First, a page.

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Column 042913 Brewer

Monday, April 29, 2013

Post Election Woes in Venezuela include Violence and Death

By Jerry Brewer

Over 78 percent of Venezuelans went to the polls earlier this month, on April 14th, to choose a new leader to replace the late President Hugo Chavez. Nearly 50 percent of the voters sought to make a huge change in political direction to rid themselves and their nation from over a decade of misery, aggressive government controls, and corruption.

And the final vote count has been met with cries of foul and fraud from not only the anti-Nicolas Maduro/Chavez regime, but also by many from the international community.

With an estimated difference of the posted final results of 235,000 votes -- 50.7% for Nicolas Maduro to 49.1% for Henrique Capriles -- the opposition is demanding a recount. Capriles has aggressively and bravely led the charge, at much risk to himself amongst threats to have him arrested and imprisoned for simply demanding fairness and justice.

Blood has been shed on the Venezuelan homeland with a current estimate of nine deaths and 78 injured. Many argue and are posting within blogs from Venezuela that the numbers far exceed those government estimates. Social sites such as You Tube, as well as blogs are showing graphic video and still shots of shootings by Venezuelan authorities and pro-Maduro supporters.

One graphically shows what are described as national guard members on a motorcycle shooting an unarmed young man and killing him. This from a covert photographer on a rooftop. Another shows uniformed officials running up the street and into a fenced-in residence and shooting at an unarmed family within their own private compound. Photographs being circulated show atrocities of graphic carnage of bullet wounds, people being dragged by military and police officials, and related beatings in the street.

Government officials, through government sites, reported that "after the governing body (National Electoral Council) issued the results, there were calls made through social media and networks like Twitter, by direct and subliminal messages, encouraging citizens to take street actions. Hostile actions and contrary to the law, which led a sector of the public to attack another sector of the population."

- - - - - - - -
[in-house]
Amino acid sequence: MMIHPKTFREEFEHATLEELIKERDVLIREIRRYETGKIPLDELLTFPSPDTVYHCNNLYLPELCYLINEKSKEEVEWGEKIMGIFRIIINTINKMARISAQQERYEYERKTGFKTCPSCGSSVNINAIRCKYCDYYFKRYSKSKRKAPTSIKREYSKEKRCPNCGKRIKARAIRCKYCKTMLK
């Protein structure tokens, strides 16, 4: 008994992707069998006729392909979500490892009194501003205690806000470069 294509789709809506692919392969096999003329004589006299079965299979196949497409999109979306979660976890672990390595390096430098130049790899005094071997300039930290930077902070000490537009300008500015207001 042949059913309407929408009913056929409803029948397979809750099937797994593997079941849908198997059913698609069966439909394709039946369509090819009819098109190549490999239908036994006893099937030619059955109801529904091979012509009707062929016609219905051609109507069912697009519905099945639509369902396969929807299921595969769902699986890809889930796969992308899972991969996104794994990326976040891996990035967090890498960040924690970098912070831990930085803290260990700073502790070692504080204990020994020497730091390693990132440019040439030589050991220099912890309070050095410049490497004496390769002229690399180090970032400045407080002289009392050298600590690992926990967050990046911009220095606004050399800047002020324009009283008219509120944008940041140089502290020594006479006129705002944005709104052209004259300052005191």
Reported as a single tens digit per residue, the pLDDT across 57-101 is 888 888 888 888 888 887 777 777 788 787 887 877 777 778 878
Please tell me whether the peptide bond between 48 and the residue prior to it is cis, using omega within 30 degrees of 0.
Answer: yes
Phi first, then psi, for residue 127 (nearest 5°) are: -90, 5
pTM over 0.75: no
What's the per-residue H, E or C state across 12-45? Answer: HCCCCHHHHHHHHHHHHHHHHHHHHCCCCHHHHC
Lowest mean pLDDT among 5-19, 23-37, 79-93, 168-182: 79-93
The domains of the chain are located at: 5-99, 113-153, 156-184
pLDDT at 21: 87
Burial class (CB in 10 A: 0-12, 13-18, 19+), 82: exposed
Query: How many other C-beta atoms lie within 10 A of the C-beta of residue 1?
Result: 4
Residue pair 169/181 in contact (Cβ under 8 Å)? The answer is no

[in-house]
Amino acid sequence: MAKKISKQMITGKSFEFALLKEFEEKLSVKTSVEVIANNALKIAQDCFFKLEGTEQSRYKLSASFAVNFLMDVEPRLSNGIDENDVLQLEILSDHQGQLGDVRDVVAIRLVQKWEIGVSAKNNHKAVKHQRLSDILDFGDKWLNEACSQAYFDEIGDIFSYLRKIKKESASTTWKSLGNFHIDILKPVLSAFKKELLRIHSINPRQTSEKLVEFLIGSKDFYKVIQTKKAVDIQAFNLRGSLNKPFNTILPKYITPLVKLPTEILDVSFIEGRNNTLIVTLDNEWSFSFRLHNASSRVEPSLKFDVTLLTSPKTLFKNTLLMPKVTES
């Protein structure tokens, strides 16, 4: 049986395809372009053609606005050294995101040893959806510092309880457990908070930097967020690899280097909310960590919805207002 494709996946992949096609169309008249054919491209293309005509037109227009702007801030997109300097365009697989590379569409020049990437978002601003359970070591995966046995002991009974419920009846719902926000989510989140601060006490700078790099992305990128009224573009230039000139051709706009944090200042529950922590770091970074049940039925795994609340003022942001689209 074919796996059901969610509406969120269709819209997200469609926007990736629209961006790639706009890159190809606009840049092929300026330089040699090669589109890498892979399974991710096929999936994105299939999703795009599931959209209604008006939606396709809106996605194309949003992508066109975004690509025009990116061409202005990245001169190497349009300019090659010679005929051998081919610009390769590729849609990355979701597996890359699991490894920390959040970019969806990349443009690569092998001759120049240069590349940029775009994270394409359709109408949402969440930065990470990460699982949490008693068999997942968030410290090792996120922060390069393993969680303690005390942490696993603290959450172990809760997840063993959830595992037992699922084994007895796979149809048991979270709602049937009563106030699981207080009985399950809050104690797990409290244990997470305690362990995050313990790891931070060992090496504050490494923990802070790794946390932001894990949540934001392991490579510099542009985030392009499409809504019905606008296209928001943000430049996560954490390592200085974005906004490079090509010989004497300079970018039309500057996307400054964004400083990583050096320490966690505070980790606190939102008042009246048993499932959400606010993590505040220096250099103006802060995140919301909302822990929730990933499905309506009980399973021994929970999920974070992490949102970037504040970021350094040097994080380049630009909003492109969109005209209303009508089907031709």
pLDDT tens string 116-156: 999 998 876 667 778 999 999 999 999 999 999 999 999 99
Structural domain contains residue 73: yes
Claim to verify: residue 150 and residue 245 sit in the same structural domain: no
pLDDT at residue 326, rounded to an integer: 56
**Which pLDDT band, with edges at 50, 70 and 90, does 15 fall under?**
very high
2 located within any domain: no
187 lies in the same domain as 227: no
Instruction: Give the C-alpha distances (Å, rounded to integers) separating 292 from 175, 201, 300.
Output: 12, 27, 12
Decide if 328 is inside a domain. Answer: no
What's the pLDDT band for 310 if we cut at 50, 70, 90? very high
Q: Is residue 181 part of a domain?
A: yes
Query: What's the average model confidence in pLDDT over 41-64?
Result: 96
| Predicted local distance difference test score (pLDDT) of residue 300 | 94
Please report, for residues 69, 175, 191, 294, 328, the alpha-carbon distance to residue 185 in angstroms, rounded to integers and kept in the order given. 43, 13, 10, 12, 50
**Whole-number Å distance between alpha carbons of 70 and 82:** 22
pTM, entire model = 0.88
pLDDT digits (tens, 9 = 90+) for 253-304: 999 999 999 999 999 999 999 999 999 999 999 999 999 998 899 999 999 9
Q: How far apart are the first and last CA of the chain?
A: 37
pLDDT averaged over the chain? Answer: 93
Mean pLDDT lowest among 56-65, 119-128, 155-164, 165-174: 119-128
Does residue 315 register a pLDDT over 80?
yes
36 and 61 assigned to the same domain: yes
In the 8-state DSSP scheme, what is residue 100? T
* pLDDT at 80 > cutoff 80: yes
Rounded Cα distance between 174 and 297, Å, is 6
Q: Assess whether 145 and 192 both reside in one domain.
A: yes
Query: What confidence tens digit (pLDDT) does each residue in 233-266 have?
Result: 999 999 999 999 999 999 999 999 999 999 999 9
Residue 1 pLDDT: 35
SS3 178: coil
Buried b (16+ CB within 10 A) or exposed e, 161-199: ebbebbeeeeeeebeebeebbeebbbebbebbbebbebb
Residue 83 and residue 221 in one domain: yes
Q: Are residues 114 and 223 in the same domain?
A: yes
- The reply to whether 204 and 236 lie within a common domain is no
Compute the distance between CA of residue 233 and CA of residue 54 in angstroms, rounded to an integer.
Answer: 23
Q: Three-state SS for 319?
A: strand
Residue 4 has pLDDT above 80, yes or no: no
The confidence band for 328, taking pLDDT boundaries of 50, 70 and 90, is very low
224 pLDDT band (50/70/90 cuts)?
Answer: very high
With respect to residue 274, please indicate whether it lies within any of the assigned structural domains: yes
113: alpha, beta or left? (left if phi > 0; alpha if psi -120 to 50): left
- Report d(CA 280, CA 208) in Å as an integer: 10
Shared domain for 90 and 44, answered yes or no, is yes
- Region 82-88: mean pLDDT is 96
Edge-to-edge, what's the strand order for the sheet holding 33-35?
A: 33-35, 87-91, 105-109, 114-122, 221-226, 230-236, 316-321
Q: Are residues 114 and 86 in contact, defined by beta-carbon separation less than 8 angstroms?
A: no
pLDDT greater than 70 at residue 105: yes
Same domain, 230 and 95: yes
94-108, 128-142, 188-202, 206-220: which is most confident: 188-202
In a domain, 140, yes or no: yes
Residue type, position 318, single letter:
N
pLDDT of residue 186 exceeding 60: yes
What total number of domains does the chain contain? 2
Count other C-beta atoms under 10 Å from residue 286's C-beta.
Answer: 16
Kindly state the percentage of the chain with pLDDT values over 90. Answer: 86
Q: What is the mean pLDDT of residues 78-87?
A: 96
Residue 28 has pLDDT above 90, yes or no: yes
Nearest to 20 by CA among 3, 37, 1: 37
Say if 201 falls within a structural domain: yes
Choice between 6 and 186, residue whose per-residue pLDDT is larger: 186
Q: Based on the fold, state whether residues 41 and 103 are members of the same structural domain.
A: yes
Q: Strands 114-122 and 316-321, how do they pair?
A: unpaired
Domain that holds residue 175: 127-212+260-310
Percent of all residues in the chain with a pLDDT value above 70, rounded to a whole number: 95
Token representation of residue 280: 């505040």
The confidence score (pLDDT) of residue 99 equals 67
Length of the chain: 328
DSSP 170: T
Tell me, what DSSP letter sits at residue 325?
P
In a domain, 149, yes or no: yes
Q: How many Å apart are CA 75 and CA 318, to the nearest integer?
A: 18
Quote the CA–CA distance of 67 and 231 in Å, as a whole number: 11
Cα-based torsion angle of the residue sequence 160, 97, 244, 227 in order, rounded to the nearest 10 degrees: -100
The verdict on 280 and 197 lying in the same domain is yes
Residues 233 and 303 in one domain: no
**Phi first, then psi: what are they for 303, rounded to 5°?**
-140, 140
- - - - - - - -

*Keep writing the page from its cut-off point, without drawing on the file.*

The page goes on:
A statement by the Attorney General, in the area called La Limonera, Baruta municipality, Miranda state, reported "two deaths occurred when a group of people linked to the opposition, in a hostile and violent manner, hindered free vehicular traffic." Much of the government versions describe the opposition as firing at the pro-government Chavistas. Two children (11 and 12) in the parish of Antonio Borjas Romero of the Maracaibo municipality, Zulia state, were also killed in the violence.

With an apparent strategy by pro-Capriles supporters to circumvent the tight media constraints against the Venezuelan homeland that were perpetuated by Hugo Chavez's iron fisted rule and continue under Maduro, many have taken to exposing the truths of what they are witnessing by using cellular phones (with video and still photography) and posting to international social sites.

Borrowing a page from the late Hugo Chavez's propaganda doctrine that he adopted from his mentor, Cuba's Fidel Castro, Maduro quickly blamed and accused the US CIA of being complicit in anti-Maduro shenanigans. In fact, President Maduro warned of more to come, and announced an arrest.

"We have captured an American who was financing violent groups. I have ordered the arrest of this man and we will try him. I have ordered the interior minister to arrest anyone seen in the video he filmed and any person involved in fascist violence against Venezuela." The man has been identified as Timothy Tracy, and he is being accused of espionage.

Tracy (35) is reportedly from California. Friends and family of Tracy told the Associated Press that he has been in Venezuela "since last year making a documentary about the confrontation between the opposition and a socialist government that is struggling to maintain its once-high popularity after the death of charismatic President Hugo Chavez."

Venezuela's interior minister accused Tracy of working on behalf of U.S. intelligence, "paying right-wing youth groups to hold violent demonstrations in order to destabilize the country after Maduro's narrow election win."

Hugo Chavez frequently accused the US of trying to invade Venezuela, as well as assassinate him, to justify the massive squandering of Venezuelan's oil wealth on Russian weapons and military hardware, among other waste and abuse of Venezuela's financial coffers.

What remains in this contested presidential election in Venezuela is a deep ideological divide that questions the legitimacy of Maduro's regime before a world audience demanding transparency and fairness.

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Jerry Brewer is C.E.O. of Criminal Justice International Associates, a global threat mitigation firm headquartered in northern Virginia. His website is located at www.cjiausa.org.


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